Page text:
ERROR: "Failed to push samples on frame 1180"
How do I fix this?
Once again, we'll need to know your CPU, GPU, OS, RAM and storage.
If you are on a Windows machine right-click the My Computer icon and select Properties. If you're on a Mac, give the model and year.
Again, what's in the Composite Shot? Saying it's a Composite Shot tells us nothing. There's a huge difference between a Composite with one video clip and some grading vs something with 20 layers and particle effects.
Thank you so much for your help Triem23,
Here are the specs of my Mac:
iMac (21,5 inches, 2013)
Processor: 2,7 GHz Intel Core i5
Memory: 8GB 1600 MHz DDR3
Graphics: Intel Iris Pro 1536 MB
Serial Number: C02NF880F8J2
Is that what you need?
Also, the composite shot that is taking place in that frame is basically a Superman Take Off effect.
I have a clean plate, a clip of a person jumping that I stopped it right when he is at his higher point, froze that frame and converted it into an jpg image so I could masked it and animate it to go upwards. Then I have bunch of dust clips. Also, an image of a cracked ground that I converted it into 3D (A Camera Layer was created automatically because of this) and also a grade layer where I placed the shake effect.
That is pretty much my composite shot.
I did pretty much what says in this video, but I changed the part of masking the person out so I could animated him to go up: https://www.youtube.com/watch?v=vjF6LqppNBU
Ok. @Ady I forget, is an IrisPro higher or lower spec than an HD4000? Failed to push samples errors are usually GPU related.
I think the specs are for this model; http://www.everymac.com/systems/apple/imac/specs/imac-core-i5-2.7-21-inch-aluminum-late-2013-specs.html
That 128MB Vram and shared system RAM looks like the culprit.
Borja, I have tagged staff to confirm now that I think we have relevant info. I hope I am incorrect, but I think the issue is that your GPU is under minimum specs. I'm going to guess that right around frame 1180 is the most dense part of the takeoff when all the dirt and cracks and motion blur kicks in. From what I see on the spec sheet I linked your GPU only has 128MB of dedicated VRAM and is sharing the rest with the main system RAM. If that's accurate, then I believe Hitfilm is only using the dedicated VRAM and all of your effects and blurs are overloading the GPU.
FYI when editing projects the viewer by default has anti aliasing off. When exporting AA is on, and that immediately at least doubles the data load on the GPU. So something that works fine in the edit can crash on export. The 'fail to push' error indicates the GPU is choking on the data.
Borja I don't remember if I mentioned this in the other thread, but one thing to try (assuming I am wrong about being under spec) is updating your GPU drivers. There's a FAQ on that here. http://hitfilm.com/faqs/view/10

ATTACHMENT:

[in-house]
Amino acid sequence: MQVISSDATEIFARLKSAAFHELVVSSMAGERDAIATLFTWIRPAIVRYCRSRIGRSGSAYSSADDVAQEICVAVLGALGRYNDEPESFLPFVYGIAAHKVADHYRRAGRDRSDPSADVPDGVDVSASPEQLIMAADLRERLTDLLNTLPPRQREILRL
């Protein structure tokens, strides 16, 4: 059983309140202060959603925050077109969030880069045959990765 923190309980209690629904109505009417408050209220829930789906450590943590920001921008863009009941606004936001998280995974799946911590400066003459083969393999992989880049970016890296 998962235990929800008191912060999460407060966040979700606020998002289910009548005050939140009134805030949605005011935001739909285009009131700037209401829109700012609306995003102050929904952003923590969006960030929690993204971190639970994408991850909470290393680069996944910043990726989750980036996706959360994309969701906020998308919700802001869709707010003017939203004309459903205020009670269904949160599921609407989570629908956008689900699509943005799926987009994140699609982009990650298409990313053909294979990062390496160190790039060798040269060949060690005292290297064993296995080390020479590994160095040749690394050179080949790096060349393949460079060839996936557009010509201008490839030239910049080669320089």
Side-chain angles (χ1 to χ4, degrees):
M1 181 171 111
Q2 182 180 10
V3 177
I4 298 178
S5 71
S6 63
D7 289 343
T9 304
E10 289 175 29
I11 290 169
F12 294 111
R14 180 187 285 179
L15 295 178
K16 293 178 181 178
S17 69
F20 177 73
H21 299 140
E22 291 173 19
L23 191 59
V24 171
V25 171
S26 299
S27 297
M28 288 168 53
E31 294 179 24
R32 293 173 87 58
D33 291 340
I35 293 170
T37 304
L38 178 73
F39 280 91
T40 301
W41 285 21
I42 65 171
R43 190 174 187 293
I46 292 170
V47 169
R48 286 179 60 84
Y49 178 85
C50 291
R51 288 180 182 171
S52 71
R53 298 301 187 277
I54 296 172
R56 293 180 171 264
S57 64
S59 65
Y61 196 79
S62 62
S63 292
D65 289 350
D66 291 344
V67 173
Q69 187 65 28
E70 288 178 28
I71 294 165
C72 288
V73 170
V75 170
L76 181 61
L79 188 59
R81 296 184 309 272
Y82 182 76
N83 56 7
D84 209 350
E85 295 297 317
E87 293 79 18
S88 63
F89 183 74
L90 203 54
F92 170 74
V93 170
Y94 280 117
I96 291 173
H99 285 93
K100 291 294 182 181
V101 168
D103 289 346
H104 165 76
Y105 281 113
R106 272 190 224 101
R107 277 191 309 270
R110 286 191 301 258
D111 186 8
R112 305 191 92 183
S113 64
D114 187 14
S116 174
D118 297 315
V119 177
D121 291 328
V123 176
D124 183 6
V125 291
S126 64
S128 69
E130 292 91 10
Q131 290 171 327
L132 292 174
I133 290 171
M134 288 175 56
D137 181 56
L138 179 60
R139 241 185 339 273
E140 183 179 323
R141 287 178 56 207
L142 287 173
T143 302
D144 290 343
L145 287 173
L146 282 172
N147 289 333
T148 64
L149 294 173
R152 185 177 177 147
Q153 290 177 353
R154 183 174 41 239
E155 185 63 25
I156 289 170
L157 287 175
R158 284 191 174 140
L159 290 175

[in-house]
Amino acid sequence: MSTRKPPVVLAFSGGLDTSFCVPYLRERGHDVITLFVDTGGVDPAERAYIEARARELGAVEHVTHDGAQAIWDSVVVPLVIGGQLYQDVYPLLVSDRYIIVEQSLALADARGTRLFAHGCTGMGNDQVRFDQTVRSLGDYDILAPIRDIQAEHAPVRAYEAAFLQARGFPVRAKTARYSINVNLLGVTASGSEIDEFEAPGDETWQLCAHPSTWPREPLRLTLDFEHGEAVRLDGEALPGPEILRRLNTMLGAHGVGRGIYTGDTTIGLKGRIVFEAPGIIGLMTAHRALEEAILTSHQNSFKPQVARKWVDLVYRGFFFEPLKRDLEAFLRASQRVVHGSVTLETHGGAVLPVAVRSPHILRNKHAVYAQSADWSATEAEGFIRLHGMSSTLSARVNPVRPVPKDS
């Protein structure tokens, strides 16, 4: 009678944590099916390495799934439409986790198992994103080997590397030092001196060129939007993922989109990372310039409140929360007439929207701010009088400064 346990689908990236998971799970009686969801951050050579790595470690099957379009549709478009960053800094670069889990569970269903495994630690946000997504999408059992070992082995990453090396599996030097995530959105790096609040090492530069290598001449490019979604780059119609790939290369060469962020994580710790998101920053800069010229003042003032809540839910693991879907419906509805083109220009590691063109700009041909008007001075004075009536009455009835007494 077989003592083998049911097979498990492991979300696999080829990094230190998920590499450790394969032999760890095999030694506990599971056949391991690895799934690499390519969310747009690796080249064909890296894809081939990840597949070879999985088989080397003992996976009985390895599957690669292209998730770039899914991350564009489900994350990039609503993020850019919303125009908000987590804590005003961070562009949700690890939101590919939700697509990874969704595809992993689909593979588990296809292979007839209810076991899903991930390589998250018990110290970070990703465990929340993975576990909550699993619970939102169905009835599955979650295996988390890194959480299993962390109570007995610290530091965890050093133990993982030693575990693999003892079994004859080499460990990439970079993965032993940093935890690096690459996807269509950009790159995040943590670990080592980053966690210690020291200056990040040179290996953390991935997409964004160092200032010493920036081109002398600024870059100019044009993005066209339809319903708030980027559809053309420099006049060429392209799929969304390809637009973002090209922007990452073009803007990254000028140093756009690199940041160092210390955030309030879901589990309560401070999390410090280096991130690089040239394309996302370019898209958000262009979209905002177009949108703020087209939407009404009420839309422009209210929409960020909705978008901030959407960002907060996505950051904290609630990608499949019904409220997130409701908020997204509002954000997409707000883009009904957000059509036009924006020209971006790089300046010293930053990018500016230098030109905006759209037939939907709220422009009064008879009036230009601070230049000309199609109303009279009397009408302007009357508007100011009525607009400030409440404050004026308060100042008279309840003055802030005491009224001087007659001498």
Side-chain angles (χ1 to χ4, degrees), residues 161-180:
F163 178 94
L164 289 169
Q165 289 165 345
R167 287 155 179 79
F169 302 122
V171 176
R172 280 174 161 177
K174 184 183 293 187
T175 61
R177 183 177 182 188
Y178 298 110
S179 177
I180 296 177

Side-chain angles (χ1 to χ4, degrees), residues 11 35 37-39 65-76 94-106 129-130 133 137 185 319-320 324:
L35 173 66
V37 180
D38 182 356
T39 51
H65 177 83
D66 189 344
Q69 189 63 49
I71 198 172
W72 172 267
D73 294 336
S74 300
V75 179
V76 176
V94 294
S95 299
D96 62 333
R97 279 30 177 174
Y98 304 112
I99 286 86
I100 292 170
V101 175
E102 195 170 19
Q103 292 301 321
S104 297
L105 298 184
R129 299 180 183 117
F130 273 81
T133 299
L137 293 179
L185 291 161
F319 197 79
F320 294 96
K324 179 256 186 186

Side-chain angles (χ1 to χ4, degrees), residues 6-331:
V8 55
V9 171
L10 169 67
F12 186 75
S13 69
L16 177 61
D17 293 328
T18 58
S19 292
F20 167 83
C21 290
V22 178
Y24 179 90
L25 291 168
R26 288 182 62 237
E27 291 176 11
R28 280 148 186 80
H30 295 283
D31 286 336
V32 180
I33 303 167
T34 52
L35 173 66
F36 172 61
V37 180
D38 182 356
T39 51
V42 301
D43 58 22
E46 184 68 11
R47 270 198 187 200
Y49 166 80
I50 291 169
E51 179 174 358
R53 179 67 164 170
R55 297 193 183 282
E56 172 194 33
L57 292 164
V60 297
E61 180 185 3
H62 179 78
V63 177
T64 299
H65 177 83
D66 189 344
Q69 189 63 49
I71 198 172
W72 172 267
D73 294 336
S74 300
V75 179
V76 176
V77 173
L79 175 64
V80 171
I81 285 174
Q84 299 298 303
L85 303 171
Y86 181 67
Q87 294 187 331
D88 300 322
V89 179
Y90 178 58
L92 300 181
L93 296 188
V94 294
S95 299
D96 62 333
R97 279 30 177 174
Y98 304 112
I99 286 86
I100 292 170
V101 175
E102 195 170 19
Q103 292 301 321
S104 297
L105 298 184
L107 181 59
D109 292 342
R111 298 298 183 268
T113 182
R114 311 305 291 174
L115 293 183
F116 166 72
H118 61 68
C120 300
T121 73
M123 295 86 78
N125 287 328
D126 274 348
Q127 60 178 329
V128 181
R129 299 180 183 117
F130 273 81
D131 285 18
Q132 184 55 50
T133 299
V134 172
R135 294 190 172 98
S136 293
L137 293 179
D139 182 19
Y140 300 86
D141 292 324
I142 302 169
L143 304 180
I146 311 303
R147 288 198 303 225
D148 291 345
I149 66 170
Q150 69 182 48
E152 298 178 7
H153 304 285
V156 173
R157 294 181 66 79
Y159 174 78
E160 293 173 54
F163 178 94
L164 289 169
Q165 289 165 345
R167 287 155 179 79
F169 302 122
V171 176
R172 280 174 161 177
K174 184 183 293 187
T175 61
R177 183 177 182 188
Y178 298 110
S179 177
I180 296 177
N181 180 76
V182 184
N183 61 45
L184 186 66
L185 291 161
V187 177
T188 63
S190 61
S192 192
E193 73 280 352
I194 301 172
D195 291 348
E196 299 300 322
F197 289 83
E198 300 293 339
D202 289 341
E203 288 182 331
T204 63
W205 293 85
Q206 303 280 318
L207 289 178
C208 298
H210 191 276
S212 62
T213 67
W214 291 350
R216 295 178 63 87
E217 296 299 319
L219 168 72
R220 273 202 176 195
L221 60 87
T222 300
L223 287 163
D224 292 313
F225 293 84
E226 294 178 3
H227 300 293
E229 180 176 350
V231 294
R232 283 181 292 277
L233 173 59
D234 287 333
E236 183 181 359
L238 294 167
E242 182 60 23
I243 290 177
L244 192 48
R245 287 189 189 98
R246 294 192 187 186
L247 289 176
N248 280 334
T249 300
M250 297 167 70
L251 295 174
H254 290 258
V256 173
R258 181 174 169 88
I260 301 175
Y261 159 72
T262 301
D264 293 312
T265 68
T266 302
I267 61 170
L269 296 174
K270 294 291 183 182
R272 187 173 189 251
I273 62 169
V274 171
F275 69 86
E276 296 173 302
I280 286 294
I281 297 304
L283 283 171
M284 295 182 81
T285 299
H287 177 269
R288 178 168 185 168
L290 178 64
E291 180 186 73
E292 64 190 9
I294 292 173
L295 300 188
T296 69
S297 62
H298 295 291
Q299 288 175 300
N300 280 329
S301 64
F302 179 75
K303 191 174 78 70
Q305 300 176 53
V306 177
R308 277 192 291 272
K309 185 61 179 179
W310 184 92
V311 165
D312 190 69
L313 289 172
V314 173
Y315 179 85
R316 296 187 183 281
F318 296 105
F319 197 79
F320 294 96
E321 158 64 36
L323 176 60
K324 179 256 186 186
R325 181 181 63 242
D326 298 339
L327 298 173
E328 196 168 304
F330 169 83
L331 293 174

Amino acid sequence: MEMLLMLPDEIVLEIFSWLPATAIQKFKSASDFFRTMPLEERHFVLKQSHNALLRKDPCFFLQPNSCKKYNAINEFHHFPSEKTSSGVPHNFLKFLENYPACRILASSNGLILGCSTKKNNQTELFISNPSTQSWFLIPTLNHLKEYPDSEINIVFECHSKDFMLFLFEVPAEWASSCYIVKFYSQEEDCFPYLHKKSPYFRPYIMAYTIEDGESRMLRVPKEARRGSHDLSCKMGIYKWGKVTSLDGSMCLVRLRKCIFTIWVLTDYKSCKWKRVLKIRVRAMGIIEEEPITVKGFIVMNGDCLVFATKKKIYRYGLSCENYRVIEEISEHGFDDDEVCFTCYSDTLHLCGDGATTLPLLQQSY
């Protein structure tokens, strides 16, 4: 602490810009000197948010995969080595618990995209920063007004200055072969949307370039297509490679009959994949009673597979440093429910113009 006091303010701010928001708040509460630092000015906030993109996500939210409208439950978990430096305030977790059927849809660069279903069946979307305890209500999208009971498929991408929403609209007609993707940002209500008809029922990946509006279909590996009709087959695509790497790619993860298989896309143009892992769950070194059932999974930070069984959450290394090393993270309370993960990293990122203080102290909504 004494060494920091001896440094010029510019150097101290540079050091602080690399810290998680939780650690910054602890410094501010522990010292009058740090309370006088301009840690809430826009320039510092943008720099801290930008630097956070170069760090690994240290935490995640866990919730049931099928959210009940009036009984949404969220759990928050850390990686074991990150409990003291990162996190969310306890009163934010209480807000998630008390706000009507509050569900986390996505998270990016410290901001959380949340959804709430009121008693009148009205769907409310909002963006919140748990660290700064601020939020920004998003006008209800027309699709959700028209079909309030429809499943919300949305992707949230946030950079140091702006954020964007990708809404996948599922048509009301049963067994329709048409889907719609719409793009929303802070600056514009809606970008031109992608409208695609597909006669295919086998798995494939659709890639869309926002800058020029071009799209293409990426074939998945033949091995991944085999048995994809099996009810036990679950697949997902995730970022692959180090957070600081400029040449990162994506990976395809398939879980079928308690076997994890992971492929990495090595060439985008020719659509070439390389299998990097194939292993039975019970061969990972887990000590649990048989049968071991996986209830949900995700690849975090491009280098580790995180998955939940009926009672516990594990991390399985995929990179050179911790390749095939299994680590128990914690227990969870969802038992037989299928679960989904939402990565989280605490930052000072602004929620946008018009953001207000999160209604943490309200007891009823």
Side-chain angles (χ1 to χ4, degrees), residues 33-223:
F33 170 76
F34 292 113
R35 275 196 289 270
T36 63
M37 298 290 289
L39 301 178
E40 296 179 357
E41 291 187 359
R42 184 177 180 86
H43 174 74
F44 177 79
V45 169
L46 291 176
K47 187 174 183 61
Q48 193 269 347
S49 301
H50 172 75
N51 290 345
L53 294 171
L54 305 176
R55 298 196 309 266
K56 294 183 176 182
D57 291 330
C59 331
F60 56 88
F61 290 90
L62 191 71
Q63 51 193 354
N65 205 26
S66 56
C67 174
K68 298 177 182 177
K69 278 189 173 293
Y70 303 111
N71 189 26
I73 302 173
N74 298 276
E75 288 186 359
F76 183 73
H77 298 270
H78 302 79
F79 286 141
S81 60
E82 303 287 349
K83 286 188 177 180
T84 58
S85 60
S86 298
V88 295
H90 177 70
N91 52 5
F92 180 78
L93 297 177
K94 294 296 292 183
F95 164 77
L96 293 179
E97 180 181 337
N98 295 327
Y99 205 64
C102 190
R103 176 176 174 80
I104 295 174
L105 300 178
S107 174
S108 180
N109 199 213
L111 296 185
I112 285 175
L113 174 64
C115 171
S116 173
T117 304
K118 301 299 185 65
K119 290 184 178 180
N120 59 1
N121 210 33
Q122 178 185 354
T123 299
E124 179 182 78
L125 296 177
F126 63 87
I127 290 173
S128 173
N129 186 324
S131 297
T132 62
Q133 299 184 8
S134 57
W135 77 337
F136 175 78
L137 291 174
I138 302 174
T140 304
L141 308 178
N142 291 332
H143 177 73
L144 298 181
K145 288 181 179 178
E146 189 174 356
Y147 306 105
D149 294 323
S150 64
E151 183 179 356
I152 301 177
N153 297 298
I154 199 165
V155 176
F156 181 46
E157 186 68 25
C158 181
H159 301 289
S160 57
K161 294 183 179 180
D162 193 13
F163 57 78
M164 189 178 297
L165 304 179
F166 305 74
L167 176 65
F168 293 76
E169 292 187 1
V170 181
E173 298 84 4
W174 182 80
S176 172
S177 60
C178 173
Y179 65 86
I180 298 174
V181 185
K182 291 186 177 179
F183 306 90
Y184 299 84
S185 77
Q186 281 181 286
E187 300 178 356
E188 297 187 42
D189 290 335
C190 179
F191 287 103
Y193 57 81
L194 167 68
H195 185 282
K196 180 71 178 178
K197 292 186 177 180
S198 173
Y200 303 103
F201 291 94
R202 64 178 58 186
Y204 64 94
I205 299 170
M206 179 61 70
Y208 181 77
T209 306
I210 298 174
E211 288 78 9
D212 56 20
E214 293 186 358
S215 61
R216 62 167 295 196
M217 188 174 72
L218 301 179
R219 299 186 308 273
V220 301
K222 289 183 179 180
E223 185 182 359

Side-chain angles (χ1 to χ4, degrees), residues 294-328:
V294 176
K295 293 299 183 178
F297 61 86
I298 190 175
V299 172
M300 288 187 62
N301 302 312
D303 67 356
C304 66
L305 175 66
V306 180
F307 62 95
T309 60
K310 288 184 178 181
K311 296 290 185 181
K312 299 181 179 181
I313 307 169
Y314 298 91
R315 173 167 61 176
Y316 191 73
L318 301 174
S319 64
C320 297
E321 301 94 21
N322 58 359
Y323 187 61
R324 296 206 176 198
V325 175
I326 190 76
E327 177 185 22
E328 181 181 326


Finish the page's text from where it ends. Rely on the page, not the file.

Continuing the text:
Thank you so much Triem23, this is being a huge help.
You are actually right about that, around frame 1180 is where the action happens, where all the dust assets and motion blur and the take off itself take place.
Also, I already updated the system but I still get the same error.
So, what do you think that I should do?
Wait for staff response. I am 90% certain your system is under minimum specs, in which case there's nothing to be done other than upgrade your Mac.
The only other thing I can think of is to turn off some layers to reduce the load on the GPU. Maybe turn off every "on top" of your actor and try rendering. If that works, bring the render back into your main comp, turn off actor-and-below layers, turn on above-actor layers over the rendered layers and re-render.
Does that make sense?
Your idea worked perfectly. Thank you so much, it is so nice to have people like you in the HitFilm community.
All the best for you
An Intel Iris is above the minimum requirements, but it is still an integrated solution, and quite near the bottom of the list of supported cards. If rendering the project in two passes worked, then it sounds like you might just be hitting the limits of what the Iris Pro can handle with the complexity of your timeline.
Take a look at a Axel's proxy tutorial.
Since splitting the render up worked, you're going to want to think about proxies to split up your work. So, for a Superman liftoff shot the background, cracks in ground and dust behind your actor can all be split and proxied. Bring this proxy to a new composite as an Embedded Composite shot, and do your actor layers plus dust, debris in front of the actor. Proxy this, then embed into another Composite Shot for grading and Camera Effects. The nesting can be a pain, and you'll use a lot of disc space, but it will ease the load your GPU has to deal with at one time.
Oh, post the shot once it's done!
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